Bob Dylan's Impact On Popular Music

1340 words - 5 pages

Bob Dylan is a man that needs no introduction, He was a poet with a guitar who brought poetic interest back to the younger generations. Born Robert Allen Zimmerman on May 24th 1941, no one saw him coming. Dylan started his music career upon dropping out of college and moving to New York, After reading his musical icon, Woody Guthrie's partially fictionalized autobiography, “Bound for Glory”, where he changed his name and began performing in Greenwich emulating his idol. He was given a 5 year contract by Columbia Records in 1961 and Bob Dylan released his first album in 1962 which consisted of mostly cover songs and only two original works. This was just the beginning of the rolling stone that is Bob Dylan, and how he forever changed and left such an influential impact on popular music.

Bob Dylan's second album, released in 1963, shone as the metaphorical light on the path, presented as one of the most original and poetic works of art in American music history, which included two of the most memorable folk song, “Blowin' in the Wind” and “A Hard Rain's A-Gonna Fall”. This is the beginning of using music as a means of Mass Communication. “Blowin' in the Wind” asks rhetorical questions about peace, war and freedom. And as of 2004's, Rolling Stone's 500 Greatest Songs of all Time, it was ranked number 14. With an opening line of “How many roads must a man walk down?” asking the ultimate question, that in its self is widely interpretable. Speaking to such an audience symbolically, presenting such a simple device. He covers an infinite range of topics not just peace, war and freedom, but a variety of basic rules of life. Work, marriage and to the younger generations, sex, drugs and even the standard model of going to school to go to university to get a job, etc.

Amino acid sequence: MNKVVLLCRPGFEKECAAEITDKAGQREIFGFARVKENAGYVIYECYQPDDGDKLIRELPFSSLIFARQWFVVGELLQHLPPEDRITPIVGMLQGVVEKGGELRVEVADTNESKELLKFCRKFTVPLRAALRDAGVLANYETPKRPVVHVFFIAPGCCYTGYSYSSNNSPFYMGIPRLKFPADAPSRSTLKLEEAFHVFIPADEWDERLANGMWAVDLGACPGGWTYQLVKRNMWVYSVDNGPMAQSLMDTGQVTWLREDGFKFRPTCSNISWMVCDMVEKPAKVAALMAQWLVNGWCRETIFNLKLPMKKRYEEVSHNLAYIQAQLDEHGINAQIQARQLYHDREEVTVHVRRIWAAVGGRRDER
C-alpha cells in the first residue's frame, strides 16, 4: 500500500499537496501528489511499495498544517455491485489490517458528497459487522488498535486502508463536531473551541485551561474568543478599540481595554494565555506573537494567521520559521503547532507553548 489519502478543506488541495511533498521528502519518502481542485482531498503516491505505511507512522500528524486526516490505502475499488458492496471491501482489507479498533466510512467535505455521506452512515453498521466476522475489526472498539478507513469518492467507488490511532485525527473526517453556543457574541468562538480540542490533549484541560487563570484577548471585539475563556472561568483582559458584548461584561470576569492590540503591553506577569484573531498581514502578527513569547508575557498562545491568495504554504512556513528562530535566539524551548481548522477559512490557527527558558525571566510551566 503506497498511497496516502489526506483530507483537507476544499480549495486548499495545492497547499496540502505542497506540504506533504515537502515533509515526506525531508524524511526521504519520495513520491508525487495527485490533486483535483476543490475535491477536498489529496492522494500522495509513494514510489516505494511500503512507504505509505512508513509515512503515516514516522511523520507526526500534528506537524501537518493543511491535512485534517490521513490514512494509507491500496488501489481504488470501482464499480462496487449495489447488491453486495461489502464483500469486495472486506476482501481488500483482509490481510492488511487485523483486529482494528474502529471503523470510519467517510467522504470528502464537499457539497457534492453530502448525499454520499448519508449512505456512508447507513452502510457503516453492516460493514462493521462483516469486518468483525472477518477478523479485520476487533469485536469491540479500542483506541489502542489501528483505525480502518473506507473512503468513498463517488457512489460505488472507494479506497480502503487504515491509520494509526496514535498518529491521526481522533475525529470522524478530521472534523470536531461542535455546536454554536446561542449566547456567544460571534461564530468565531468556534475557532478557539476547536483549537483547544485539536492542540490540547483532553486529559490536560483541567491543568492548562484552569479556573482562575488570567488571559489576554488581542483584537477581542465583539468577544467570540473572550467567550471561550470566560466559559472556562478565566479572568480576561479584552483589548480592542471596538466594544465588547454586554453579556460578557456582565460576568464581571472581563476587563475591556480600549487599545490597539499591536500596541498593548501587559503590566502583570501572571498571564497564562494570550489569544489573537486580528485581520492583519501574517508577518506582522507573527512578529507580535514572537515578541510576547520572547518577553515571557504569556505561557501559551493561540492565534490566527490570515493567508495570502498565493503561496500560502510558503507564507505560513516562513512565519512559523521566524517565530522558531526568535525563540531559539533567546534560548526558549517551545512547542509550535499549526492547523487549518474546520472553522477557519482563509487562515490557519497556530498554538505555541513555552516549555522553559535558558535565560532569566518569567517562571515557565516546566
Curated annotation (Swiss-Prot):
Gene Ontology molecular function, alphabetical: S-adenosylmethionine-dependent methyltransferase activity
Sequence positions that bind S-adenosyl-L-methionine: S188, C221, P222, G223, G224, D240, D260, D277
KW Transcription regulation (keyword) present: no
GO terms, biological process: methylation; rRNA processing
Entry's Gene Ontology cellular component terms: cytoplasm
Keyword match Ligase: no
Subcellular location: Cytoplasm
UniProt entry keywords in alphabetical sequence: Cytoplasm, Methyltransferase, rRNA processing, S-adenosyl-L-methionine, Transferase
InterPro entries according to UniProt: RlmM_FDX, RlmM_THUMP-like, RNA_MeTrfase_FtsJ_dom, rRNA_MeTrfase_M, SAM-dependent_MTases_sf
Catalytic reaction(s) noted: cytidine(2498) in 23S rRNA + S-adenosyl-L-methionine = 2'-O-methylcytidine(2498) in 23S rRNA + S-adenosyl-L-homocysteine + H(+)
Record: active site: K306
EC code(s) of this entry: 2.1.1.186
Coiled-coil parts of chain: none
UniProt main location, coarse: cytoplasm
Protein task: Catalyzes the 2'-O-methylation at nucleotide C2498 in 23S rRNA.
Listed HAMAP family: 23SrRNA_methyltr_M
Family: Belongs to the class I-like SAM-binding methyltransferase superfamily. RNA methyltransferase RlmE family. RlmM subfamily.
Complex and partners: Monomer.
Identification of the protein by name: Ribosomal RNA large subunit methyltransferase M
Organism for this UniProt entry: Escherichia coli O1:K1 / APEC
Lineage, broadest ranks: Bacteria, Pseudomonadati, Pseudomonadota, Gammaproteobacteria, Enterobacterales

With this one song he encouraged free thought to free form and the idea of being free and clear, the lines “The answer my friend is blowin' in the wind, The answer is blow'in in the wind” pose a beautiful idea that the answer is out there, there is no right and wrong. No one way we are being told to live by, but only personal interpretation and self growth. This idea alone spawned a new vision for popular music.

“A Hard Rain's A-Gonna Fall”, continued this with a lyric structure of question and answer in the style if the traditional ballad “Lord Randall”, Child Ballad Number 12. This displayed a level of musicianship never before shown in folk music, a degree of development that completely broke the rules and conventions of existing popular music in the 1960's, it was a definition of 'new'. Some suggest the piece was written as a comment on nuclear fallout and the discovery of soviet missiles in Cuba, however the song was written a month before President John F. Kennedy appeared on television to make the announcement. So it is safe to perceive this interpretation much as we look back upon George Orwell's, “Nineteen Eighty-Four”, nothing more then a coincidental prediction, that became such...

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